A single-use, in vitro biosensor for the detection of T-Tau protein in phosphate-buffersaline (PBS) and undiluted human serum was designed, manufactured, and tested. Differentialpulse voltammetry (DPV) served as the transduction mechanism. This biosensor consisted of threeelectrodes: working, counter, and reference electrodes fabricated on a PET sheet. Both working andcounter electrodes were thin gold film, 10 nm in thickness. Laser ablation technique was used to definethe size and structure of the biosensor. The biosensor was produced using cost-effective roll-to-rollprocess. Self-assembled monolayers (SAM) of 3-mercaptopropionic acid (MPA) were employed tocovalently immobilize the anti-T-Tau (T-Tau antibody) on the gold working electrode. A carbodiimideconjugation approach using N-(3-dimethylaminopropyl)-N'-ethylcarbodiimide hydrochloride (EDC)and N-hydroxysuccinimide (NHS) cross-linked anti-T-Tau to the carboxylic groups on one endof the MPA. A T-Tau protein ladder with six isoforms was used in this study. The anti-T-Tauconcentration used was 500,000 pg/mL. The T-Tau protein concentration ranged from 1000 pg/mL to100,000 pg/mL. DPV measurements showed excellent responses, with a good calibration curve. Thus,a practical tool for simple detection of T-Tau protein, a biomarker of neuro-degenerative disorders,has been successfully developed. This tool could also be extended to detect other biomarkers forneuro-degenerative disorders, such as P-Tau protein and β-amyloid 42.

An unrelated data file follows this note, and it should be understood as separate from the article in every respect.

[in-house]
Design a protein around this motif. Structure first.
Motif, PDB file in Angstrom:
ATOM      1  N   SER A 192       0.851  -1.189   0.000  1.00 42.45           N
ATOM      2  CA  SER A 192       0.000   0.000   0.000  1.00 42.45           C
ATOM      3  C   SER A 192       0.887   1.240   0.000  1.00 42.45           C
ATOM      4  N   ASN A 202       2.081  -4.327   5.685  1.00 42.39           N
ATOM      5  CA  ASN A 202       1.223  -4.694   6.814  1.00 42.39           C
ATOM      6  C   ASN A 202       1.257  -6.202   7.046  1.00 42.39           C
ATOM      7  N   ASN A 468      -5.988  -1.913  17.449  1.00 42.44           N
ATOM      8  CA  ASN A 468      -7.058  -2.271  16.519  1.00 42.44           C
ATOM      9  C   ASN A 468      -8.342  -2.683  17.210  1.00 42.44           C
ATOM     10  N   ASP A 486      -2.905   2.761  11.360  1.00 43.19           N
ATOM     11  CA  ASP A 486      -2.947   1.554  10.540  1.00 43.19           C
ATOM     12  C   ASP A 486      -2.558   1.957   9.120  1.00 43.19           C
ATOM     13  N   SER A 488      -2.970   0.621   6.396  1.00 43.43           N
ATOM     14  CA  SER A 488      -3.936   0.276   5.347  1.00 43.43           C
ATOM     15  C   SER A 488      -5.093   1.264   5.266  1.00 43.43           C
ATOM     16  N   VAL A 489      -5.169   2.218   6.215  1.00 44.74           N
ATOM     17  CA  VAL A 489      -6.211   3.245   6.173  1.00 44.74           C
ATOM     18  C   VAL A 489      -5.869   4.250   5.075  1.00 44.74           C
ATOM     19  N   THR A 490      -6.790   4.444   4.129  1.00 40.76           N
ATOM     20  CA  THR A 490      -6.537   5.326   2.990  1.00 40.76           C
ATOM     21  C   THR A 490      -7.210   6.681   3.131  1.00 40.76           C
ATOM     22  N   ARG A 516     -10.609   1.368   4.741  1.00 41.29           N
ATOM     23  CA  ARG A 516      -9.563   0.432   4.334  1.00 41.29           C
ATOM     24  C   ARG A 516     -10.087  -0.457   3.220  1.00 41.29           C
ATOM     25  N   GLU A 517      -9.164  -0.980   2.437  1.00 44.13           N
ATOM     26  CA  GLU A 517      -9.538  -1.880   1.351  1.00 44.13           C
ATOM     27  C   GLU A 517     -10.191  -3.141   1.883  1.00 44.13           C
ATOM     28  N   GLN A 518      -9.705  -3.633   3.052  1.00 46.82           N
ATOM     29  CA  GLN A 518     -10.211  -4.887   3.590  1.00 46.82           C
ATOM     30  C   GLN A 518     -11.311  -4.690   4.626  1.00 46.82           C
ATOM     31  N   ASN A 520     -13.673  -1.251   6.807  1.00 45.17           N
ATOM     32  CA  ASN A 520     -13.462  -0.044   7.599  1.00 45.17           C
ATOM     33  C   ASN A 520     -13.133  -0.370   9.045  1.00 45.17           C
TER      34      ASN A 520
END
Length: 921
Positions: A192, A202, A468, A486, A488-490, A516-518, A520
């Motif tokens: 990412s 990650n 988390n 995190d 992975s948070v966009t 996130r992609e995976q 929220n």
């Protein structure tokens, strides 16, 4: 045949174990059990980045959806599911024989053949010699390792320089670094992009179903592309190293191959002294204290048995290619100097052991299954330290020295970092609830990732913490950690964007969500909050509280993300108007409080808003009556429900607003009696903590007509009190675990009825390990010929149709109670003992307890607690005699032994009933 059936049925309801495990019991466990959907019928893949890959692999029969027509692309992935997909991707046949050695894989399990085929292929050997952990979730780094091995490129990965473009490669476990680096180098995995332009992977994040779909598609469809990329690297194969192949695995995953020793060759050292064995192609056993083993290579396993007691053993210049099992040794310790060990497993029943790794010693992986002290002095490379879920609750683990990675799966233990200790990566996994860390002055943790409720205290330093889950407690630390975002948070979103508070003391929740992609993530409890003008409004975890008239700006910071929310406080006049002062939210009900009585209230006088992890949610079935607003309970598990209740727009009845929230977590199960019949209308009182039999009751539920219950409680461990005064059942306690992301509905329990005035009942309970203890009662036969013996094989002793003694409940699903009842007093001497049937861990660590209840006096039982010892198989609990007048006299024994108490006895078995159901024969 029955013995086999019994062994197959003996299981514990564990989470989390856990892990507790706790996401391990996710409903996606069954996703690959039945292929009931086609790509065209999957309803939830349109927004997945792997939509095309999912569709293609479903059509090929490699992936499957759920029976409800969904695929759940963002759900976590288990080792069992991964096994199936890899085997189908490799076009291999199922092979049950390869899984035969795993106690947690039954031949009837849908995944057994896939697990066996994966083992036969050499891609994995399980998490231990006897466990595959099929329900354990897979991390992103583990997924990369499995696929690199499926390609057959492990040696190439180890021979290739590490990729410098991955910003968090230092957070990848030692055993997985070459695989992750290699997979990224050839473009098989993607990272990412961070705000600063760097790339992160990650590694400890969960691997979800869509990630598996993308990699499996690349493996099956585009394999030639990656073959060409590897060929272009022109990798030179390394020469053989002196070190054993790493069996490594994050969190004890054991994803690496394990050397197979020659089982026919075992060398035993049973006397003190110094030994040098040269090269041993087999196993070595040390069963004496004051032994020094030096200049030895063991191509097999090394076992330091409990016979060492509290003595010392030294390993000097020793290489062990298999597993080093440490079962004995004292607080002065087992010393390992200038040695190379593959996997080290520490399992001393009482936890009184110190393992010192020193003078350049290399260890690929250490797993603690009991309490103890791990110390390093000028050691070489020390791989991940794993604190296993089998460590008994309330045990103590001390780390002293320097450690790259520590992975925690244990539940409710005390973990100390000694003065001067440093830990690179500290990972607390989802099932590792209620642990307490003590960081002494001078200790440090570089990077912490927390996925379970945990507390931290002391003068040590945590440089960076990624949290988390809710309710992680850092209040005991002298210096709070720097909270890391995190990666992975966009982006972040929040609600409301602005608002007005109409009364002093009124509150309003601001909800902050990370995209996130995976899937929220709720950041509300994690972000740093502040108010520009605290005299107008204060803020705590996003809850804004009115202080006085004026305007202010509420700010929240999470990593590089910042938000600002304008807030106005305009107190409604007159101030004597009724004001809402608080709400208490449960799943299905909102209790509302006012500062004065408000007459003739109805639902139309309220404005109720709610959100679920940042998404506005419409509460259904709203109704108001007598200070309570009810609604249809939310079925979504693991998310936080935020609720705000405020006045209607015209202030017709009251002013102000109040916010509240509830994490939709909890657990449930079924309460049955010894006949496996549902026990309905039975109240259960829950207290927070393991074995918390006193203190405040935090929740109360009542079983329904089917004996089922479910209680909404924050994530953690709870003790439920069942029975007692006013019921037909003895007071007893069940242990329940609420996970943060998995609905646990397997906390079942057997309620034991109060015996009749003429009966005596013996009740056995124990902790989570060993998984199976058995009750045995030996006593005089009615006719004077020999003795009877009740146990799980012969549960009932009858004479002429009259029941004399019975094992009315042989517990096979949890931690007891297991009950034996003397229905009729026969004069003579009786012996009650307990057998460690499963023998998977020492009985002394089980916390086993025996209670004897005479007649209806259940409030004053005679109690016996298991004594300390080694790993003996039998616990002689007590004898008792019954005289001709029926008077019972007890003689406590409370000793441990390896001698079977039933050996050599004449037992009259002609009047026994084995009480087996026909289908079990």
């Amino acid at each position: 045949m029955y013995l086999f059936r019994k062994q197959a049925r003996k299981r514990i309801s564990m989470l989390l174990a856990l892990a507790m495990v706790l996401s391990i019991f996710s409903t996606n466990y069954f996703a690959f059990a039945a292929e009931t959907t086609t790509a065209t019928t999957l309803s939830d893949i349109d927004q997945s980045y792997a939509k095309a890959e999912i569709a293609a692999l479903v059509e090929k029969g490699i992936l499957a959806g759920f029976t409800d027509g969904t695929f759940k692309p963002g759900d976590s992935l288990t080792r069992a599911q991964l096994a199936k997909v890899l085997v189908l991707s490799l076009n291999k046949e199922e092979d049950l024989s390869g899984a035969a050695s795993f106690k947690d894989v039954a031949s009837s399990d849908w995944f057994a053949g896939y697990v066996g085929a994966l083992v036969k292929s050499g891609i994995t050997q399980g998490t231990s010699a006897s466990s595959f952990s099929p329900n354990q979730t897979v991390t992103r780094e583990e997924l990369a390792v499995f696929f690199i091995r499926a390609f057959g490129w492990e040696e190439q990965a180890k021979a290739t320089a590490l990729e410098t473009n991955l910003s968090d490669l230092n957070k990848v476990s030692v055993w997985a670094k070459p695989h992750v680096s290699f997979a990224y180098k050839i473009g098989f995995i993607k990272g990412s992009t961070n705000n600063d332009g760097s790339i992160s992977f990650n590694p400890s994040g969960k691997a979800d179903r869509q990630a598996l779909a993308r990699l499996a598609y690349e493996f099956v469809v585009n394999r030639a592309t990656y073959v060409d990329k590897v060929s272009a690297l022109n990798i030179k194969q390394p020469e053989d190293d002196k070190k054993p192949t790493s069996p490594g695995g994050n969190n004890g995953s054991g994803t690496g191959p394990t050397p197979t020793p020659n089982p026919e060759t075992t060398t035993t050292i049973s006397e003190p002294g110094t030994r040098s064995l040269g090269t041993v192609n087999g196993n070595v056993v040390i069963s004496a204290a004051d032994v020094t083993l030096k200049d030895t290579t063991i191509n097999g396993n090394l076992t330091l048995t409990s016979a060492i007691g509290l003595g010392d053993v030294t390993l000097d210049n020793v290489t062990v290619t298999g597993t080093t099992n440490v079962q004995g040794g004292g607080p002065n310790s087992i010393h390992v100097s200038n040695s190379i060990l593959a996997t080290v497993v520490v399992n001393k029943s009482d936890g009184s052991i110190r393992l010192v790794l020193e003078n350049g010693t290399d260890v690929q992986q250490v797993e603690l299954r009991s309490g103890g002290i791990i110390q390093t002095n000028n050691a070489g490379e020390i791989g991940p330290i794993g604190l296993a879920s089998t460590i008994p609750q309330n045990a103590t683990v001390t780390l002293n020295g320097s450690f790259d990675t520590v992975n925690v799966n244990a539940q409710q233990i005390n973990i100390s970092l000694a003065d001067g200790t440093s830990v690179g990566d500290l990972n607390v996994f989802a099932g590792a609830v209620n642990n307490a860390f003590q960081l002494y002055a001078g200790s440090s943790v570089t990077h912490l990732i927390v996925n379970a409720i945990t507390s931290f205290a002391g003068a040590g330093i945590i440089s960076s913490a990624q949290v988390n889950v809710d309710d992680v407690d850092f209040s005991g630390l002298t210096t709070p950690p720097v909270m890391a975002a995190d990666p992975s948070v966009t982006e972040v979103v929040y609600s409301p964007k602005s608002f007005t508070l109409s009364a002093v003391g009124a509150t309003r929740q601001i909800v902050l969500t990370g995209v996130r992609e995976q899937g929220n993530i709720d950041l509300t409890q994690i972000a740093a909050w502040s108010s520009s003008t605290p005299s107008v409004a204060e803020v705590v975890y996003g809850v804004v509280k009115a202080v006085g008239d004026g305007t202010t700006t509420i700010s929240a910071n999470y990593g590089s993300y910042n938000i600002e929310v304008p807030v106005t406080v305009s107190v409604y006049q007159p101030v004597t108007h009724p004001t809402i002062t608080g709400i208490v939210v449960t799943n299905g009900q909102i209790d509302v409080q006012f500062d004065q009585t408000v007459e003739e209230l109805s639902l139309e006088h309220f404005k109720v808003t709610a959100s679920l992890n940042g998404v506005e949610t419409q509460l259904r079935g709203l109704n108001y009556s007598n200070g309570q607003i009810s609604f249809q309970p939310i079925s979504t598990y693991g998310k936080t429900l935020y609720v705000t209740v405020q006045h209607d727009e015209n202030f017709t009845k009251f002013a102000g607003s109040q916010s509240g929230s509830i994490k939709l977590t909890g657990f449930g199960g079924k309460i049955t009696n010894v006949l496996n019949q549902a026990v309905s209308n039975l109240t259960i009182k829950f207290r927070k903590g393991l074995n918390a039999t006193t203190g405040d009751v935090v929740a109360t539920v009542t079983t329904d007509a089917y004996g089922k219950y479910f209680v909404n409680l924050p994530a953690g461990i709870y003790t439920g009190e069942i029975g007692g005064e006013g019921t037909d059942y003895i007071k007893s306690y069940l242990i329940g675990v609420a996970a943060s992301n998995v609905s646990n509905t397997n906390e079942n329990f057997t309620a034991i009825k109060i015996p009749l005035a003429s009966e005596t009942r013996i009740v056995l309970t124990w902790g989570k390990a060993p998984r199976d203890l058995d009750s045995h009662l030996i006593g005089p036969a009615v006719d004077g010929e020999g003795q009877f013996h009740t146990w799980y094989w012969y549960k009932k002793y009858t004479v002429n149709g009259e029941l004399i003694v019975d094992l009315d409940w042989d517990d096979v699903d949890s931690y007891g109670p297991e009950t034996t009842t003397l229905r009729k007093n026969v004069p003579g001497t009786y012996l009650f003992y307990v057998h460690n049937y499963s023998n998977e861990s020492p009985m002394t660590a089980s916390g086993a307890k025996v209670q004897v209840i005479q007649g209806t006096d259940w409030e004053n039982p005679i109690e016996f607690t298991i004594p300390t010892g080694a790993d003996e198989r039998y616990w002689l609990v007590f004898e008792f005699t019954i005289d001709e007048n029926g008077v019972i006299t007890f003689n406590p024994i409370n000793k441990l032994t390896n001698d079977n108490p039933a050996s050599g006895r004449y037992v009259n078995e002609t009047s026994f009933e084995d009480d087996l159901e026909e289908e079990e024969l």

- 3-mercaptopropionic acid (MPA)
- Differential pulse voltammetry
- T-Tau protein detection
- [Fe(CN)] redox probe